Focus on Obama Cabinet Possibilities

Published on: 09:32AM Dec 09, 2008

via a special arrangement with Informa Economics, Inc.

New name surfaces for USDA spot, but Salazar appears to be leading candidate

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Here is an update on the outlook for President-elect Barack Obama's Cabinet and other top positions:

-- Liberals upset. The Politico reported that liberals "are growing increasingly nervous – and some just flat-out angry – that President-elect Barack Obama seems to be stiffing them on Cabinet jobs and policy choices."

-- Transportation. House Transportation and Infrastructure Chairman James Oberstar (D-Minn.) said he has spoken informally with the incoming administration of President-elect Barack Obama about becoming Transportation secretary, but he added that he has reservations about the job and is unlikely to leave Congress.

-- Interior. Several Democratic liberal groups are urging the top Interior job go to Rep. Raúl Grijalva (D-Ariz.). Other possibilities include Rep. Mike Thompson (D-Calif.) and Kevin Gover, director of the Smithsonian’s National Museum of the American Indian, and the Interior Department’s assistant secretary for Indian affairs during the Clinton administration.

-- USDA. A new name has surfaced as a possibility for Obama's USDA Secretary, Rep. Jim McGovern (D-Mass.). However, the names most mentioned continue to be Reps. John Salazar (D-Colo.) and Sanford Bishop (D-Ga.). In a Reuters report on Monday, Salazar described himself a "a real long shot" for USDA secretary, telling Reuters that his name has been submitted for consideration. Salazar said he has spoken to the Obama transition team. "It's a long process," he said, and he did not know where he stood with the team. He said he was not pushing for the nomination (translation: offer it and he will take it).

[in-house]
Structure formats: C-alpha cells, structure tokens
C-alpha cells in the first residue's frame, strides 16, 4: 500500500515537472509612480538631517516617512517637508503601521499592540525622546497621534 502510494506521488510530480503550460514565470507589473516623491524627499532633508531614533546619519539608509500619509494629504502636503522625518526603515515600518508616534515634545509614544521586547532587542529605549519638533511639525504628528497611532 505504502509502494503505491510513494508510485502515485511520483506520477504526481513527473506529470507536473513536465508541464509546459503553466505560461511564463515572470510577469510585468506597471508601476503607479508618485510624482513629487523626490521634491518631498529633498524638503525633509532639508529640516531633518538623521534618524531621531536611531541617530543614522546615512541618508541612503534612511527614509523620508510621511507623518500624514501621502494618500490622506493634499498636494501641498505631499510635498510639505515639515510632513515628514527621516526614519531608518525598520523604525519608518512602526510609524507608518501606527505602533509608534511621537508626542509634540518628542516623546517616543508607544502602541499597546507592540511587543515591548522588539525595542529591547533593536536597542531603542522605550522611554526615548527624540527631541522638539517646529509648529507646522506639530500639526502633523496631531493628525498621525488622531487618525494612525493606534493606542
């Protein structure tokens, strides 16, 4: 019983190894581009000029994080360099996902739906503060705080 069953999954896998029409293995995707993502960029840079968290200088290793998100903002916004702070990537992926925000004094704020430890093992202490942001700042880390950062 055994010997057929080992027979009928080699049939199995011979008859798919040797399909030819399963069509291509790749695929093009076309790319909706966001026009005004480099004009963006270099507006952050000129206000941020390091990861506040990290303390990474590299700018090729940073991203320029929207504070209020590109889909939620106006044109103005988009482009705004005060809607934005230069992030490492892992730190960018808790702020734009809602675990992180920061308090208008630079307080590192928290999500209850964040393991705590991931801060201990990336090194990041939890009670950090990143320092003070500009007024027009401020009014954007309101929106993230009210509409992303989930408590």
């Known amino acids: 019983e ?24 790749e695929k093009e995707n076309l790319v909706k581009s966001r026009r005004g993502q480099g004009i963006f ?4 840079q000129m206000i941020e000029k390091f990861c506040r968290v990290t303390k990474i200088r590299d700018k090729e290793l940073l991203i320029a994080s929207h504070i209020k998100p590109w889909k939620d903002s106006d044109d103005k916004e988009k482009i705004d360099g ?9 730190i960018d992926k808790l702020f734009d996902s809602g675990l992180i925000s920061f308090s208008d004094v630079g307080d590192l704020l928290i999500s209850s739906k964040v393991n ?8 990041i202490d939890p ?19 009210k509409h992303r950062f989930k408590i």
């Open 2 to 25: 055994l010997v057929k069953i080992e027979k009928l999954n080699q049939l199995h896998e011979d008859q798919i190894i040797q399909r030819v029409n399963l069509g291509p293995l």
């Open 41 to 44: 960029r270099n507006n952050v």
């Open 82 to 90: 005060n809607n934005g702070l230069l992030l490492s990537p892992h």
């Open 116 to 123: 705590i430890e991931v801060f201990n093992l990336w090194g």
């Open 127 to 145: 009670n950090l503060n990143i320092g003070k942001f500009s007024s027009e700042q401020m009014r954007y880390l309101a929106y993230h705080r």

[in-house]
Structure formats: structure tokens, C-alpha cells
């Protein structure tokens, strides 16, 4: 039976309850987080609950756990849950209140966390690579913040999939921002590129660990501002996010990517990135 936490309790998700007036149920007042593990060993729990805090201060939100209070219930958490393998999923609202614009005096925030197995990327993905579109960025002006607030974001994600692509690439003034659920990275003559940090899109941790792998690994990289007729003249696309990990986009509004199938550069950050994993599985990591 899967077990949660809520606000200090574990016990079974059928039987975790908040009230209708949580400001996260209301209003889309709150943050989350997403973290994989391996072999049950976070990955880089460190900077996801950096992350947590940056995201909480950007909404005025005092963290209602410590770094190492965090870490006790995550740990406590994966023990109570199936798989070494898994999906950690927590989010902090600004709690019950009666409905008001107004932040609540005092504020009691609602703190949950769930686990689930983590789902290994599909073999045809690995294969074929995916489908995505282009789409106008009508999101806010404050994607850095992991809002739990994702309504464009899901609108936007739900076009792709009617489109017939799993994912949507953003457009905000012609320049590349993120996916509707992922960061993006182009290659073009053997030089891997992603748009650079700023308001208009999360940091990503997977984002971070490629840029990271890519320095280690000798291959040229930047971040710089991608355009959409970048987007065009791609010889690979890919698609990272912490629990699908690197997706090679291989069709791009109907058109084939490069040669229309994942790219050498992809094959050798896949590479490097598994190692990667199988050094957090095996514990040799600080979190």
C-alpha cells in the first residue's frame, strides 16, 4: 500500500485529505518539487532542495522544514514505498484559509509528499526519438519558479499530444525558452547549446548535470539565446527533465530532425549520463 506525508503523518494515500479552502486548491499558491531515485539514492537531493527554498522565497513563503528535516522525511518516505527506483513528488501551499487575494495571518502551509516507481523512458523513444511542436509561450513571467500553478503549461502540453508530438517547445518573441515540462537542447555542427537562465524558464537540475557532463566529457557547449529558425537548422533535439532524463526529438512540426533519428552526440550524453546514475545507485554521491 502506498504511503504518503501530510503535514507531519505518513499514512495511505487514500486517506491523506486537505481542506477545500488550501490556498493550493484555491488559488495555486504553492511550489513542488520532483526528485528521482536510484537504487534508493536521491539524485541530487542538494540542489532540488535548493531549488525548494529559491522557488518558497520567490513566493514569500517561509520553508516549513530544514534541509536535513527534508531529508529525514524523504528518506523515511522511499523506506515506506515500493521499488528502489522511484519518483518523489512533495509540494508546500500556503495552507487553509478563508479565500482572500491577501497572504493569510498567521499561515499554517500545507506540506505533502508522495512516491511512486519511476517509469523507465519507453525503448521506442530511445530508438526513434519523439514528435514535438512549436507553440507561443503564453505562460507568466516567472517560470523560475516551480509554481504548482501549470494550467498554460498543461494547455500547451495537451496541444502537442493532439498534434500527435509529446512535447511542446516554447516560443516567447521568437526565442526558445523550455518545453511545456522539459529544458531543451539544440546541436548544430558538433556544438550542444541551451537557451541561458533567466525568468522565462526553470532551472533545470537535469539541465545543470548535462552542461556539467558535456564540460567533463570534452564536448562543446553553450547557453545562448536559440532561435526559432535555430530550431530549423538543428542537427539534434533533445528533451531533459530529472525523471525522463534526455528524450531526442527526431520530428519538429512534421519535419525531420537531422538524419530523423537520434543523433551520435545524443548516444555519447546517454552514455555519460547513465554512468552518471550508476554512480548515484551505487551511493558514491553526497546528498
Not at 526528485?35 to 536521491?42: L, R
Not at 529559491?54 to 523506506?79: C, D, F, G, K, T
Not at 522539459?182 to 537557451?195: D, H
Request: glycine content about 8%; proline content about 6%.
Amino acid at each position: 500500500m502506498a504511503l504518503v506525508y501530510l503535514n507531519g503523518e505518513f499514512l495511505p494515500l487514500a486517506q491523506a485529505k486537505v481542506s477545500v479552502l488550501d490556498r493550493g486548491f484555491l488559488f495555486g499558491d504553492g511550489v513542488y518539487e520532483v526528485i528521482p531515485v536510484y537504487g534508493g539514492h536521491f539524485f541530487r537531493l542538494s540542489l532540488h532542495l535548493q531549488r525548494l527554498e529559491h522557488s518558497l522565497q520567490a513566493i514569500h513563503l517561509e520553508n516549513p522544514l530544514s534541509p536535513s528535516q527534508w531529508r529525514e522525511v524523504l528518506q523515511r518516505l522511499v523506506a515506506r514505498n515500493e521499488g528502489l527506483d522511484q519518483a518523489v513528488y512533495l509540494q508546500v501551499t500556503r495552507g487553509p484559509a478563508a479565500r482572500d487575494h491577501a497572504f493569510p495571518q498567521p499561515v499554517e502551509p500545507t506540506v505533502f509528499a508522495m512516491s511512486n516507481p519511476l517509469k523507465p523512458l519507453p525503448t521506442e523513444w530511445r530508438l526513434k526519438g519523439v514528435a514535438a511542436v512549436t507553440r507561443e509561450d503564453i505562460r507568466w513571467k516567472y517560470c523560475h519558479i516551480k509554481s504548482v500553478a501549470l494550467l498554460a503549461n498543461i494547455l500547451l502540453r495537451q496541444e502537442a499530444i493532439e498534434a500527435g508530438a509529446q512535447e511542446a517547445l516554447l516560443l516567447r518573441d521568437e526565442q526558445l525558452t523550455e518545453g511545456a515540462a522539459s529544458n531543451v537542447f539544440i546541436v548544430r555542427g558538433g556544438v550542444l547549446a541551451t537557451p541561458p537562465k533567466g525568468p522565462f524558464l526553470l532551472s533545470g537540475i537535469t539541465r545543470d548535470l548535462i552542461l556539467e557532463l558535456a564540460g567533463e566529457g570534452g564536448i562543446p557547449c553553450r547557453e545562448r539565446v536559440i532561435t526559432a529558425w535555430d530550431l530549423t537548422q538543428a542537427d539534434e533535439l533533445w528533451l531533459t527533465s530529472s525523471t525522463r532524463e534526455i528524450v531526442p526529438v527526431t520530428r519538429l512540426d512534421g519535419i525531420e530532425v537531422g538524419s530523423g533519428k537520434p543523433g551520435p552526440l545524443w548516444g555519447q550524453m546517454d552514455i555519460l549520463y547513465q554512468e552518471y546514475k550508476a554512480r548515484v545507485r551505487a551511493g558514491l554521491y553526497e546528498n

Some agriculture and crop insurance lobbyists wrote a recent letter pushing Salazar for the USDA position. The letter was sent to Rahm Emanuel, Obama's chief of staff. It was sent by the American Association of Crop Insurers, American Sheep Industry, Colorado Cattlemen’s Association, Colorado Livestock Association, National Cattlemen’s Beef Association, Public Lands Council, United Egg Producers, and the Western Peanut Growers Association

-- EPA. Two names continue to be the most frequently mentioned to lead the Environmental Protection Agency (EPA): Lisa P. Jackson of New Jersey and Mary Nichols of California. Jackson recently came under attack from an environmental advocacy group, with the head of the organization saying her track record should disqualify her from serving as the next EPA administrator. Public Employees for Environmental Responsibility (PEER) released a letter to Obama that concluded "the decisions, rulings, and actions produced under Jackson's administration at [the New Jersey Department of Environmental Protection] have been nothing short of appalling." PEER describes itself as a national nonprofit alliance of local, state, and federal scientists, law enforcement officers, land managers, and other professionals. The letter criticized Jackson for failing to establish priorities for cleaning up 16,000 listed hazardous waste sites.

-- Energy. The name most commonly mentioned as a new White House energy or climate czar is Carol Browner, who headed the EPA during the Clinton administration. Among the likely contenders for Energy is Dan Reicher, who runs the Energy and Climate office for the philanthropic arm of Google, and served as assistant secretary of Energy in the Clinton administration. Another name being mentioned is Steven Chu, the Nobel prize-winning director of the Lawrence Berkeley National Laboratory, a government lab in California that focuses on renewable and alternative energy. CQ Politics reported that the Obama transition team is also considering “someone really amazing” for Energy — possibly a very high-profile public figure, who would help elevate the profile of the agency and energy policy with a shot of star power. Such speculation has focused on California Gov. Arnold Schwarzenegger , a Republican, or former Vice President Al Gore, who is expected to meet today with Obama to discuss energy and climate change issues. Gore has indicated, however, that he has little interest in a Cabinet position.


NOTE: This column is copyrighted material, therefore reproduction or retransmission is prohibited under U.S. copyright laws.